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3 of 3 people found the following review helpful
5.0 out of 5 stars A book that takes you beyond liberation day, brilliant read., 9 Dec. 2011
I can't begin to believe the suffering "Pista" went through, the main character in this book. This is a straight from the heart book of his account of being a Jew at the hands of the Nazis. This book really brings home to you not only the physical suffering of this poor race, but the way everything they had was taken from them like they deserved nothing they had worked so hard for all their lives. I have read many of these types of books, but this one really gets you inside of the Jewish community and how they had to start again after the war. Most books leave you at liberation day, but this one continues to show you the aftermath that these poor people also faced when trying to rebuild their lives. Their are some parts that are not for the sqeamish, although they are factual accounts of what this poor family endured. A brilliantly written book.
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3 of 3 people found the following review helpful
5.0 out of 5 stars Terrific Read, 5 Feb. 2012
This book is a 'must read' book.The terror brought to millions by the Nazis must never be forgotten and some of the detail, particularly their brutality towards children, is shocking to this day.
The book is compelling to read.It has you wanting to know what happens next and about how the author survived and got on with his life.I have already asked the author, Stephen Pista Nasser, to write a second book telling us about the rest of his life after leaving Europe.
What shines through this book is the author's strength of mind and resilience to survive against all the odds; it makes all the problems in your own life seem insignificant in comparison.
A brilliant book written by an extraordinary man.It should be read by everyone, particularly the young.I thoroughly recommend it.
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3 of 3 people found the following review helpful
4.0 out of 5 stars a reminder that Hungarian Jews suffered, 18 April 2012
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A story of survival in the death camps created by the Nazi's and the sheer will to live that the human spirit has despite terrible, unimaginable horror. At times you think that things just can't get worse - but then they do. The way that inmates were dehumanised comes accross very clearly in this story.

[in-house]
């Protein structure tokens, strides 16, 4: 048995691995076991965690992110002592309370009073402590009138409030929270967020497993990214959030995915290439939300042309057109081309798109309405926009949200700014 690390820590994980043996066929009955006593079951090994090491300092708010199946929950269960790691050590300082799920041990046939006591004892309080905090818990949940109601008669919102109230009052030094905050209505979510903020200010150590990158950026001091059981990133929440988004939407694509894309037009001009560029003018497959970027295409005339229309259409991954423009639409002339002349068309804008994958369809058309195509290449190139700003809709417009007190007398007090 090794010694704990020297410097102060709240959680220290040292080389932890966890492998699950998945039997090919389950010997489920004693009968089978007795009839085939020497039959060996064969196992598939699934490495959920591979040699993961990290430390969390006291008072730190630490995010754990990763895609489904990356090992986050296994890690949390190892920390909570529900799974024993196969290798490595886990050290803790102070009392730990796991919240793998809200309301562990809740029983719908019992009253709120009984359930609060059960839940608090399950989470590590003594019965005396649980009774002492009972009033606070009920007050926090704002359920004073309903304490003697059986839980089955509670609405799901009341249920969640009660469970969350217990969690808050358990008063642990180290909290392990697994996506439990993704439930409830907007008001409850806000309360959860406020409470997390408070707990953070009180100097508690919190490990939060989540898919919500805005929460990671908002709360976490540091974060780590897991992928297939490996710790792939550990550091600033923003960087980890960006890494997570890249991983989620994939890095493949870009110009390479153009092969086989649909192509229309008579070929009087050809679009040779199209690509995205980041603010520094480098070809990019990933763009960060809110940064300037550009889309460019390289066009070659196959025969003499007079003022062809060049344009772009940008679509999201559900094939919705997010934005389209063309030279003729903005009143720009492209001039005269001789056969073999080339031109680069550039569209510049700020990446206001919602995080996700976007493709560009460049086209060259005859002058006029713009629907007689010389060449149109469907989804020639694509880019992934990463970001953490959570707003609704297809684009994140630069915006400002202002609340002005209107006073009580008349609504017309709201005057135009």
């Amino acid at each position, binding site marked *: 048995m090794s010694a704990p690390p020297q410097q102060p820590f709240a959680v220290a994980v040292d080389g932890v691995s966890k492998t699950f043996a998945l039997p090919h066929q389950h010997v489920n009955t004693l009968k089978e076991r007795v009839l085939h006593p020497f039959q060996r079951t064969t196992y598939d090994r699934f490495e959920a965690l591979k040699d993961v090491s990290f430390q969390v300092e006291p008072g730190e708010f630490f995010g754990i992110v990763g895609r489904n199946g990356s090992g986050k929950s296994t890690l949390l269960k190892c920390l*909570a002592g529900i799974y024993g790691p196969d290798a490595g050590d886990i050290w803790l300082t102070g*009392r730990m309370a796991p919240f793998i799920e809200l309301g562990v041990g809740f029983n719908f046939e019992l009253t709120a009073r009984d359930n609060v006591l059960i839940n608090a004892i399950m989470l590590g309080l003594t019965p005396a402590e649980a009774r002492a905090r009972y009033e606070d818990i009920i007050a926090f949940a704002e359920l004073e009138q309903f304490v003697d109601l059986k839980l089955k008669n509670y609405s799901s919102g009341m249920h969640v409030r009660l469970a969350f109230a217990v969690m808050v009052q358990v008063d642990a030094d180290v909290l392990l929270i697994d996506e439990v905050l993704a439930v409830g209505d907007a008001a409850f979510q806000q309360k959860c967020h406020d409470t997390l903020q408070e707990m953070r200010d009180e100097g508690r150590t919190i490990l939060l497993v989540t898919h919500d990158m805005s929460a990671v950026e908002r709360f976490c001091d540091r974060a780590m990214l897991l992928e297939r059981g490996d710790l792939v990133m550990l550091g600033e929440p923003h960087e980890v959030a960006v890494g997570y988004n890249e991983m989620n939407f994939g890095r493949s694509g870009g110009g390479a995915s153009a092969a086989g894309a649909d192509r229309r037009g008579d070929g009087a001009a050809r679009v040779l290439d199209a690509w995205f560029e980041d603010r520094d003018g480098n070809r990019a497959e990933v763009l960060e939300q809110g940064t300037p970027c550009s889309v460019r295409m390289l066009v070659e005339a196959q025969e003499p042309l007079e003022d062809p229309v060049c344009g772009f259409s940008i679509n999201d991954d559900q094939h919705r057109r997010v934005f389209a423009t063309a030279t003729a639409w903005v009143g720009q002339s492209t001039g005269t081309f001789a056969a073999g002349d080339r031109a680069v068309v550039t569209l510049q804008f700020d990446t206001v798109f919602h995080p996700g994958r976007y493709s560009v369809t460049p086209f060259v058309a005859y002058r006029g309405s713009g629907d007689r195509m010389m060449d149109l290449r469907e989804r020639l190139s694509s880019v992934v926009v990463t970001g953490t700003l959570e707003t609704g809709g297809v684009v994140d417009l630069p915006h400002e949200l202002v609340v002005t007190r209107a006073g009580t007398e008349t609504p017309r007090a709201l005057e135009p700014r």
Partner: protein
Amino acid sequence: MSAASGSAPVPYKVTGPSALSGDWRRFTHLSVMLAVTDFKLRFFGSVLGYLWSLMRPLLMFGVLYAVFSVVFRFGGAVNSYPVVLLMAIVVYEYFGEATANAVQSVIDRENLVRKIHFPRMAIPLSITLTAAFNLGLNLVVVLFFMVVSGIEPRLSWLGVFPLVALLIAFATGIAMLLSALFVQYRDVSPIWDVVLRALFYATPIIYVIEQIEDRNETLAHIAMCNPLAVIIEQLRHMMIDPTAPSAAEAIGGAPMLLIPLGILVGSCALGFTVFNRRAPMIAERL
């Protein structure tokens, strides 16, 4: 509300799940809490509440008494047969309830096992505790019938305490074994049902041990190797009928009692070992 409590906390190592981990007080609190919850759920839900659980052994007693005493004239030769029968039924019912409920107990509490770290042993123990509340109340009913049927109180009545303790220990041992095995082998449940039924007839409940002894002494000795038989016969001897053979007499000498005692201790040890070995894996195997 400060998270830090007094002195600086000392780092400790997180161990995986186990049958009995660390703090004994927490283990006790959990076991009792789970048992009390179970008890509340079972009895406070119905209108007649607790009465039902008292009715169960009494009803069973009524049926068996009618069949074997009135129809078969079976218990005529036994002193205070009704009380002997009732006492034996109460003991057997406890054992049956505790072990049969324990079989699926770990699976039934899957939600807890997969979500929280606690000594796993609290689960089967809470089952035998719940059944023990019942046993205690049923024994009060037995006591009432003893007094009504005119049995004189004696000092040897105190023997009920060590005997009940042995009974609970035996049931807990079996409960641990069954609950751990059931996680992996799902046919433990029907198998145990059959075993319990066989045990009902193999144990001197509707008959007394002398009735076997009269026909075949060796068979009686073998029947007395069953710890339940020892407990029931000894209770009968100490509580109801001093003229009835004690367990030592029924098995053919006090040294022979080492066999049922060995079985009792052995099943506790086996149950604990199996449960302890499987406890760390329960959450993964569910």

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3 of 3 people found the following review helpful
4.0 out of 5 stars Heart felt, 17 Feb. 2012
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A well written account of a boy who survived the holocaust. It covers his life before, during and immediately afterwards; I was surprised about how little of the book is devoted to his time in the camp. And I'd liked to have known if his diary was ever found?
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2 of 2 people found the following review helpful
5.0 out of 5 stars Pista, 31 Dec. 2011
By 
D. J. Geninazza "Book Worm" (Eastbourne UK) - See all my reviews
(REAL NAME)   
This is not a novel but a true account of Pista and his survival written by himself. An excellent read, very in depth detail of one young boys' survival, impossible to imagine such cruelty by one human being to another, Pista suffered so much in the one year he was incarcerated, a real eye opener, well worth buying. I would recommend to any one interested in the Holocaust and the survivors.
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5.0 out of 5 stars Quite simply the best book i have read!!, 14 Nov. 2013
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Of the 20 - 25 books i have read on this subject this is simply the best. It is well written and keeps the reader engrosed all the way through. I have read many books that have been written by holocaust survivors that played many roles in various concentration camps - doctors, sonder komando,and german guards, etc - and 'factual' ones (thats not to say that the survivor one's aren't) that try to identify the reasons behind it and its birth from a documentorial point of view. I won't try to go into the story that Stephen Nasser has written or give you a synopsis of the book as i think this would spoil it for any potential future reader, except to say that it is very touching, graphic, happy and very sad in places but always awe inspiring i could not put it down.

Mr Nasser Thank you for your courage and determination in sharing your experience i'm quite sure that anyone who reads this document can't fail to be inspired with determination to work thorough any adversities that they may encounter in life.